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Thread: US, Russia exchange threats at tense UN meeting

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    Re: US, Russia exchange threats at tense UN meeting

    Quote Originally Posted by austrianecon View Post
    Kazakhastan is part of the Eurasian Economic Community and Commonwealth of Independent States. Russia isn't gonna touch Kazakhstan. Their relationship is just as close as Russia and Belrus is. So fear monger elsewhere.
    I doubt Putin would interfere in Kazakhstan even though one quarter of its population is ethnic Russians who feel their status/role has been diminished since the collapse of the USSR. Although fellow members in Putin's Customs Union, both Kazakhstan and Belarus had stated they preferred a diplomatic solution in Crimea rather than militarism. Unlike Russia, Belarus has recognized the new government in Kyiv. Lukashenko must be a bit nervous because the eastern portion of Belarus used to be in Russia proper. Far more likely targets of Putin colonialism would be eastern Ukraine and/or Transnistria (part of Moldova). Russia is actively encouraging secessionist movements in those regions. All of the former Soviet Socialist Republics (SSR's) are understandably very concerned with the overt Russian colonialism in the former Crimean region of Ukraine.

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    Re: US, Russia exchange threats at tense UN meeting

    Quote Originally Posted by Simpleχity View Post
    I doubt Putin would interfere in Kazakhstan even though one quarter of its population is ethnic Russians who feel their status/role has been diminished since the collapse of the USSR. Although fellow members in Putin's Customs Union, both Kazakhstan and Belarus had stated they preferred a diplomatic solution in Crimea rather than militarism. Unlike Russia, Belarus has recognized the new government in Kyiv. Lukashenko must be a bit nervous because the eastern portion of Belarus used to be in Russia proper. Far more likely targets of Putin colonialism would be eastern Ukraine and/or Transnistria (part of Moldova). Russia is actively encouraging secessionist movements in those regions. All of the former Soviet Socialist Republics (SSR's) are understandably very concerned with the overt Russian colonialism in the former Crimean region of Ukraine.
    Russia had a deal with many ethnic Russians in Kazakhstan in 2008 to move them out of there if they wanted it.. They told Putin, no.. So he wouldn't have support in Kazakhstan as they aren't "oppressed".
    Every normal man must be tempted at times to spit on his hands, hoist the black flag, and begin to slit throats. It is inaccurate to say that I hate everything. I am strongly in favor of common sense, common honesty, and common decency. This makes me forever ineligible for public office. H.L Mencken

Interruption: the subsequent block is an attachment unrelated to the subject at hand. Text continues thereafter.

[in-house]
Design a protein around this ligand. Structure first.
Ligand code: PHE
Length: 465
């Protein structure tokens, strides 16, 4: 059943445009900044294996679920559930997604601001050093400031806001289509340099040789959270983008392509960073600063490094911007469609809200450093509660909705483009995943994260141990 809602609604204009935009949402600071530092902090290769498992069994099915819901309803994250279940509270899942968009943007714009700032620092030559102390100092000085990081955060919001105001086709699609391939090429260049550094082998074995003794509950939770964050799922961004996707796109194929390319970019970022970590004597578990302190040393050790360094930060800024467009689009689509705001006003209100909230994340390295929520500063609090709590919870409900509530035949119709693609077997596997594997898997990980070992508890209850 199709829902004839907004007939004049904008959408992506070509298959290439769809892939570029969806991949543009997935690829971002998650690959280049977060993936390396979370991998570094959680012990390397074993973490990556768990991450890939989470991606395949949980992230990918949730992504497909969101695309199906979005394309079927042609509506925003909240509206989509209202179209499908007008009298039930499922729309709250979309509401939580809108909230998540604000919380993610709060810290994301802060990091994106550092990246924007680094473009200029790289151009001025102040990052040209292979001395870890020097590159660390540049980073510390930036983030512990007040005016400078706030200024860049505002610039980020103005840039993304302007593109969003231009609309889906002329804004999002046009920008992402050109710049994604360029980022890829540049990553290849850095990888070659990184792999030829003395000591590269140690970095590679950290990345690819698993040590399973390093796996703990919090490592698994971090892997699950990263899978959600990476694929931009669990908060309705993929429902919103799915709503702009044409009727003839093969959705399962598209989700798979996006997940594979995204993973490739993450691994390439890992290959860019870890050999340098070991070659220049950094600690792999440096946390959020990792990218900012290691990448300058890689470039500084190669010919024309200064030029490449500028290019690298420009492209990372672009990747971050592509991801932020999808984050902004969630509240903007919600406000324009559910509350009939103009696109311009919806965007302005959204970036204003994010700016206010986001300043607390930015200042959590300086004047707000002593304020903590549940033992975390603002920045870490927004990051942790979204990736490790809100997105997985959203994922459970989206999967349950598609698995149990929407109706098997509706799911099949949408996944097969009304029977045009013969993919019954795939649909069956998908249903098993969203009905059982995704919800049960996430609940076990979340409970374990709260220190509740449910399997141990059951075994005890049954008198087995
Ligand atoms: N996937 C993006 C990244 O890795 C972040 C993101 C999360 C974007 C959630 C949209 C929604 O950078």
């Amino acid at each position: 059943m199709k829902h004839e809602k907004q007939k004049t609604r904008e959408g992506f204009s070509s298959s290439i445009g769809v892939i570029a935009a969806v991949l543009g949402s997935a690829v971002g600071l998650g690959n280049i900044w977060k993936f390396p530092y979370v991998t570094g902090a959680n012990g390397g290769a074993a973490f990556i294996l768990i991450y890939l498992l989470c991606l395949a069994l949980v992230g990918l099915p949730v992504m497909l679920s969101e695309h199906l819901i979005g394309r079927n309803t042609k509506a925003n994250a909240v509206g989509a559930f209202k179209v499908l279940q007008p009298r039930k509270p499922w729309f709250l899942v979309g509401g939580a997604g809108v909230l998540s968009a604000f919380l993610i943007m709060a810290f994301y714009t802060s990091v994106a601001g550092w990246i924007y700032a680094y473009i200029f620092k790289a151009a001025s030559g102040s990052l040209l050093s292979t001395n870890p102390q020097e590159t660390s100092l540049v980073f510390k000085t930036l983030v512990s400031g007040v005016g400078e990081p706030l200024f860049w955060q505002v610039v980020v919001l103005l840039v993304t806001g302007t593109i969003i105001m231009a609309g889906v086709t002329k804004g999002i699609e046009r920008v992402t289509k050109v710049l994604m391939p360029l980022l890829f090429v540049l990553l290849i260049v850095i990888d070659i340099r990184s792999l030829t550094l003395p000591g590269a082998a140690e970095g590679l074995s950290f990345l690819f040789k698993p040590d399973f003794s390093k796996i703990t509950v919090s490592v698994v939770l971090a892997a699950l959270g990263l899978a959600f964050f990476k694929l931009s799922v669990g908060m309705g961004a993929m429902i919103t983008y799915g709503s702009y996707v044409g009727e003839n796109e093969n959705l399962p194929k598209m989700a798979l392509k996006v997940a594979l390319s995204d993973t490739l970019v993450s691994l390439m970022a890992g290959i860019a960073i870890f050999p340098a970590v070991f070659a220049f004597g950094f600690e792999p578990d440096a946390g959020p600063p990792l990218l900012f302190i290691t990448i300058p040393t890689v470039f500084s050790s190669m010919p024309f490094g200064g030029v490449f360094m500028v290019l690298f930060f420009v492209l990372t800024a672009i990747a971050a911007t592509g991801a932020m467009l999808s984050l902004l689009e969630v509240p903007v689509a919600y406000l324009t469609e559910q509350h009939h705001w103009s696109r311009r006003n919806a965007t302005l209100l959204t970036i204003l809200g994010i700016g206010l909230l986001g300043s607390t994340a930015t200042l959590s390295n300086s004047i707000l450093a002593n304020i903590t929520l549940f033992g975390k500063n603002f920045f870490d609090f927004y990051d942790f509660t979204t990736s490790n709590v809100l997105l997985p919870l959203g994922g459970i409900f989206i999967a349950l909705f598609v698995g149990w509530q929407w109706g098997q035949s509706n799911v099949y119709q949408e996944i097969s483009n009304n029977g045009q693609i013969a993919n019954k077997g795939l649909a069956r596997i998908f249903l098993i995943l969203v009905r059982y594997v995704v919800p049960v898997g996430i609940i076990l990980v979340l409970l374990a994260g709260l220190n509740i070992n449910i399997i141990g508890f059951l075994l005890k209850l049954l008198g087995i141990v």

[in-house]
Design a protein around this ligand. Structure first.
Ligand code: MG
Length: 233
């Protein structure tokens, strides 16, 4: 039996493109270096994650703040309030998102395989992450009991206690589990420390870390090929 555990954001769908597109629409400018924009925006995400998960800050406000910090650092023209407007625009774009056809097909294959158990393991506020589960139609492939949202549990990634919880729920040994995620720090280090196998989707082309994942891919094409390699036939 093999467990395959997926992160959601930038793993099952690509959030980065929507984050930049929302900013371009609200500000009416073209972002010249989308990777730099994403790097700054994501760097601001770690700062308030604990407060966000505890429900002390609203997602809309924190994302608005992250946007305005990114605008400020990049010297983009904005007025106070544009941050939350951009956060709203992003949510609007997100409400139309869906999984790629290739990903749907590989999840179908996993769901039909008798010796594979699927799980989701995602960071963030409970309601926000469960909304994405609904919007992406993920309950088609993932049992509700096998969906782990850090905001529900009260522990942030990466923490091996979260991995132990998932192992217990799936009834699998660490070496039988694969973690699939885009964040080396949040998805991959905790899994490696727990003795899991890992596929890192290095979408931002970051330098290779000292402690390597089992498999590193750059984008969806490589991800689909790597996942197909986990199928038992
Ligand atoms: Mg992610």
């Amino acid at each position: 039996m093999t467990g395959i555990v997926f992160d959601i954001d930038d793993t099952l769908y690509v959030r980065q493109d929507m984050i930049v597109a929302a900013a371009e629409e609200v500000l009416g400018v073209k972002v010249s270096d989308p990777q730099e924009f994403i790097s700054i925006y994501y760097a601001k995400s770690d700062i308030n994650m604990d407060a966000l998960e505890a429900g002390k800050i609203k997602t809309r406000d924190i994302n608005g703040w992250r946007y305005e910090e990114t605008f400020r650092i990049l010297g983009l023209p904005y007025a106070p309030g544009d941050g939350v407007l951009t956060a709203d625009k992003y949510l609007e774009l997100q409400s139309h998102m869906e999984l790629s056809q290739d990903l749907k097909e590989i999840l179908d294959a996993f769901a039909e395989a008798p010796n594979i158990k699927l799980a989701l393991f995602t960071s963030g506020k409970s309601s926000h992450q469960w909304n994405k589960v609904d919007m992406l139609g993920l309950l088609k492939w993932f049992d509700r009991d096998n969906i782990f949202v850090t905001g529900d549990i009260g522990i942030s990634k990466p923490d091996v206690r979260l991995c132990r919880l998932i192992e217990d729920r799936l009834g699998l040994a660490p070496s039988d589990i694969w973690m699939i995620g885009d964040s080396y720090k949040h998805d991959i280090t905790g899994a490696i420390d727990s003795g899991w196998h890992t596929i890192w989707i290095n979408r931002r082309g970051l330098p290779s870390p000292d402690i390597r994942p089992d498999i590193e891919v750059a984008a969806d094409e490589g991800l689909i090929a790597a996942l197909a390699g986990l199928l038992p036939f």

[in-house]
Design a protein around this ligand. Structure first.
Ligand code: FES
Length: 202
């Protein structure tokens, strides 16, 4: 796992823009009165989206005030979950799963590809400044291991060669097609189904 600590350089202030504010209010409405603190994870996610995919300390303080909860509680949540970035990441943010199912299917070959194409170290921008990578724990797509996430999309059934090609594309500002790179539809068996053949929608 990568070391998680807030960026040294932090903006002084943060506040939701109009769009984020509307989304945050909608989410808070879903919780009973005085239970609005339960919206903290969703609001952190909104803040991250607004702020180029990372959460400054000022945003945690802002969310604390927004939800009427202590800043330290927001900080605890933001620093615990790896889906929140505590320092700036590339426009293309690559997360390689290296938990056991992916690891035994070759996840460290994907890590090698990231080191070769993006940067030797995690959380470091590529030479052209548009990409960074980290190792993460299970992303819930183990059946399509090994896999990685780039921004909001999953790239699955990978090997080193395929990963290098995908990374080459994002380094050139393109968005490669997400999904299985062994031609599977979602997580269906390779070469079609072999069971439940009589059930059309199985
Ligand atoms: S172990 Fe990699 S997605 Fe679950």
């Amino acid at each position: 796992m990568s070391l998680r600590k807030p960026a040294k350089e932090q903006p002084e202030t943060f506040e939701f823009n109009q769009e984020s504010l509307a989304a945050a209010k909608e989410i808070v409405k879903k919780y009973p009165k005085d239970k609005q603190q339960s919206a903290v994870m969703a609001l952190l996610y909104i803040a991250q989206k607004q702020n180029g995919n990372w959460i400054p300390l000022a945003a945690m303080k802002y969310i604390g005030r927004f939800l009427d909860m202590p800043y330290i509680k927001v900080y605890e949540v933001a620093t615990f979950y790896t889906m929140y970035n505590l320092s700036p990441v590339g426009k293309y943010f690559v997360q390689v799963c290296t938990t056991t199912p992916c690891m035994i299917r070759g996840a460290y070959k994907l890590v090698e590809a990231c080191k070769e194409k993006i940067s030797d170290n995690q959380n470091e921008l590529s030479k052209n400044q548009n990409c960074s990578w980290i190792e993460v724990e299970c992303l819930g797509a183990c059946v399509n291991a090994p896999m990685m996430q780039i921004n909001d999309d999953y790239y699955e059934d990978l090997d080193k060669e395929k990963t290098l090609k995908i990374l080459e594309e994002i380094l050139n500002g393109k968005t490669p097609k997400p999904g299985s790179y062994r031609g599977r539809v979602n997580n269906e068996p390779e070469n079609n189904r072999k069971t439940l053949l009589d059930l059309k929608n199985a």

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    Re: US, Russia exchange threats at tense UN meeting

    Quote Originally Posted by austrianecon View Post
    Russia had a deal with many ethnic Russians in Kazakhstan in 2008 to move them out of there if they wanted it.. They told Putin, no.. So he wouldn't have support in Kazakhstan as they aren't "oppressed".
    I've been to Crimea many times and I never witnessed nor heard of any "oppression". What you did have was a constant agitation by pro-Russian political parties. Even so, the current pro-Russian Crimean Prime Minister (installed by Moscow) received only 4% of the vote in the last Crimean election. With the turmoil in Kyiv, Putin saw an opportunity and pounced. Truth be told, Ukraine is better off without Crimea. It is a sinkhole economically that is now Russia's problem. As the Crimeans are about to discover, life under Russian law is very different than living in an autonomous republic. About the only population segment that will benefit are pensioners (~500,000) who will see their pension checks double in size. Tourism - which supports the peninsula - is about to take the toilet plunge that befell Egypt. There are no flights and all booked Ukrainian and foreign tour groups have cancelled. The service sector (hotels, spas, car rental agencies, souvenir shops, tour guide agencies, etc) is about to take a very significant and painful hit.

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    Re: US, Russia exchange threats at tense UN meeting

    Quote Originally Posted by Ockham View Post
    Quite possible. I didn't work out the Yanukovych portion and yes, it may have been more difficult with Yanukovych still there but even if he was, and lets just say for the sake of the discussion his government didn't fall. How much pressure from the Russian bear would it take to undermine him or have him removed if they really wanted it? It would have delayed things possibly - maybe the leverage with Iran and Syria would not have been as good -- the risk of a Russian failure may have risen, but Putin is so full of himself he may still have done it anyway, just later.

    Hard to say - too many variables to see that one clearly.
    From the Russian point of view there was no need to remove Yanukovych because he was accepting their deal. Not only that, but it's more likely Putin would have preferred not to get into a struggle like this at a time when he wants a positive view of Russia and at a time when he is trying to rebuild Russia. No, Putin's response here with regards to the seizure of Crimea is the type of thing that's done when someone doesn't have any good choices left.

    This issue was forced by the US. Likely it was the result of being frustrated after being outmaneuvered by Putin when he offered Yanukovych a better deal that was accepted. So the US then calculated that it would pressure Yanukovych through protests, threat of financial sanctions, and by applying pressure to Akhmetov. The opportunity presented itself to remove him and the US took that opportunity knowing full well that it would be of grave concern to Putin to have been cut out by force in this way. Now this is where the BIG mistake was made. What they likely calculated was that they could do this as long as they offered Putin some sort of deal that would allow Russia to have some influence in the government they were planning to form. Over and above that, Putin was likely offered some assurances with regards to Sevastopol and possibly some no NATO guarantees. They thought this would be enough to placate him. And that was the big mistake, because, as Putin indicated in his speech, they have lied and engaged in backbiting on the Russians in the past. So there was simply not enough trust on Putin's part in the US. And he had very good reason to calculate in that way. Then Putin, being a Russian nationalist, calculated that he was not going to take a risk having Russia suffocated by trusting the US. So he enacted plans, that had likely been formulated long ago to seize Crimea.